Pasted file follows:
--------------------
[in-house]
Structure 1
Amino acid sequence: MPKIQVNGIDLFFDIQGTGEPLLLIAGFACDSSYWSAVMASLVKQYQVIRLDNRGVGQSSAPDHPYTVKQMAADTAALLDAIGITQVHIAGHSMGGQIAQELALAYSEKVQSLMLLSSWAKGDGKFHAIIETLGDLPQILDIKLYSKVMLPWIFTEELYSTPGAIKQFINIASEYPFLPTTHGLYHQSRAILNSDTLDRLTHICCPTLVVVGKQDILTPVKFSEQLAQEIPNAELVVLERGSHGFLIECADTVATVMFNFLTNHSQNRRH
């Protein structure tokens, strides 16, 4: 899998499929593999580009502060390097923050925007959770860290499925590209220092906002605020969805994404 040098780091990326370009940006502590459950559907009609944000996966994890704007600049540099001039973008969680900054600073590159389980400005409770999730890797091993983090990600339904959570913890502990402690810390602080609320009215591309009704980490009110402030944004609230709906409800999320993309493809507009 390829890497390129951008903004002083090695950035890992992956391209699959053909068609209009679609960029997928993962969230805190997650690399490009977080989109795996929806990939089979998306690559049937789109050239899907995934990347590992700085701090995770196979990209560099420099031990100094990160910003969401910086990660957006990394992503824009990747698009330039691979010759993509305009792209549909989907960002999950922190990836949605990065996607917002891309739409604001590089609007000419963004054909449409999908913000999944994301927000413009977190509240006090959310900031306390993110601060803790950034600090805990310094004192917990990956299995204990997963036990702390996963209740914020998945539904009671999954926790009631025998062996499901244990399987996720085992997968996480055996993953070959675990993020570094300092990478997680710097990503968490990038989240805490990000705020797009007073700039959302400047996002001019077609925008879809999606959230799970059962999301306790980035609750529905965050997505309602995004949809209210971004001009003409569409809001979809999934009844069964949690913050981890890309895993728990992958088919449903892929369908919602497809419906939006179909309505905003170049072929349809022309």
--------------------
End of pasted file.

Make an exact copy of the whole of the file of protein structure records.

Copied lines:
[in-house]
Structure 1
Amino acid sequence: MPKIQVNGIDLFFDIQGTGEPLLLIAGFACDSSYWSAVMASLVKQYQVIRLDNRGVGQSSAPDHPYTVKQMAADTAALLDAIGITQVHIAGHSMGGQIAQELALAYSEKVQSLMLLSSWAKGDGKFHAIIETLGDLPQILDIKLYSKVMLPWIFTEELYSTPGAIKQFINIASEYPFLPTTHGLYHQSRAILNSDTLDRLTHICCPTLVVVGKQDILTPVKFSEQLAQEIPNAELVVLERGSHGFLIECADTVATVMFNFLTNHSQNRRH
């Protein structure tokens, strides 16, 4: 899998499929593999580009502060390097923050925007959770860290499925590209220092906002605020969805994404 040098780091990326370009940006502590459950559907009609944000996966994890704007600049540099001039973008969680900054600073590159389980400005409770999730890797091993983090990600339904959570913890502990402690810390602080609320009215591309009704980490009110402030944004609230709906409800999320993309493809507009 390829890497390129951008903004002083090695950035890992992956391209699959053909068609209009679609960029997928993962969230805190997650690399490009977080989109795996929806990939089979998306690559049937789109050239899907995934990347590992700085701090995770196979990209560099420099031990100094990160910003969401910086990660957006990394992503824009990747698009330039691979010759993509305009792209549909989907960002999950922190990836949605990065996607917002891309739409604001590089609007000419963004054909449409999908913000999944994301927000413009977190509240006090959310900031306390993110601060803790950034600090805990310094004192917990990956299995204990997963036990702390996963209740914020998945539904009671999954926790009631025998062996499901244990399987996720085992997968996480055996993953070959675990993020570094300092990478997680710097990503968490990038989240805490990000705020797009007073700039959302400047996002001019077609925008879809999606959230799970059962999301306790980035609750529905965050997505309602995004949809209210971004001009003409569409809001979809999934009844069964949690913050981890890309895993728990992958088919449903892929369908919602497809419906939006179909309505905003170049072929349809022309």